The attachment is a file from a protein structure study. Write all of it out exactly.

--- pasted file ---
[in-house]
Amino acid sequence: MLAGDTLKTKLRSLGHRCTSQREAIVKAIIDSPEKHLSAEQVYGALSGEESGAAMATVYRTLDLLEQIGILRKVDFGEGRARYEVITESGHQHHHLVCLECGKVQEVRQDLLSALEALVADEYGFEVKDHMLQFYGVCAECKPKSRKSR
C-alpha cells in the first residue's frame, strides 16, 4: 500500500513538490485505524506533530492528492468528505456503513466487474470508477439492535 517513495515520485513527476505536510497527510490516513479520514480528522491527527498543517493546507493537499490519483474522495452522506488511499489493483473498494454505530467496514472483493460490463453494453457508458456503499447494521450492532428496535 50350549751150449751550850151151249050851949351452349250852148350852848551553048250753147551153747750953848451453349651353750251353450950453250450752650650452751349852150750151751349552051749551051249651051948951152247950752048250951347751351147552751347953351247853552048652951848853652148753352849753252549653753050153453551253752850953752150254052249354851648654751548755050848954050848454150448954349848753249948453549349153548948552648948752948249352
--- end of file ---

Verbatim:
[in-house]
Amino acid sequence: MLAGDTLKTKLRSLGHRCTSQREAIVKAIIDSPEKHLSAEQVYGALSGEESGAAMATVYRTLDLLEQIGILRKVDFGEGRARYEVITESGHQHHHLVCLECGKVQEVRQDLLSALEALVADEYGFEVKDHMLQFYGVCAECKPKSRKSR
C-alpha cells in the first residue's frame, strides 16, 4: 500500500513538490485505524506533530492528492468528505456503513466487474470508477439492535 517513495515520485513527476505536510497527510490516513479520514480528522491527527498543517493546507493537499490519483474522495452522506488511499489493483473498494454505530467496514472483493460490463453494453457508458456503499447494521450492532428496535 50350549751150449751550850151151249050851949351452349250852148350852848551553048250753147551153747750953848451453349651353750251353450950453250450752650650452751349852150750151751349552051749551051249651051948951152247950752048250951347751351147552751347953351247853552048652951848853652148753352849753252549653753050153453551253752850953752150254052249354851648654751548755050848954050848454150448954349848753249948453549349153548948552648948752948249352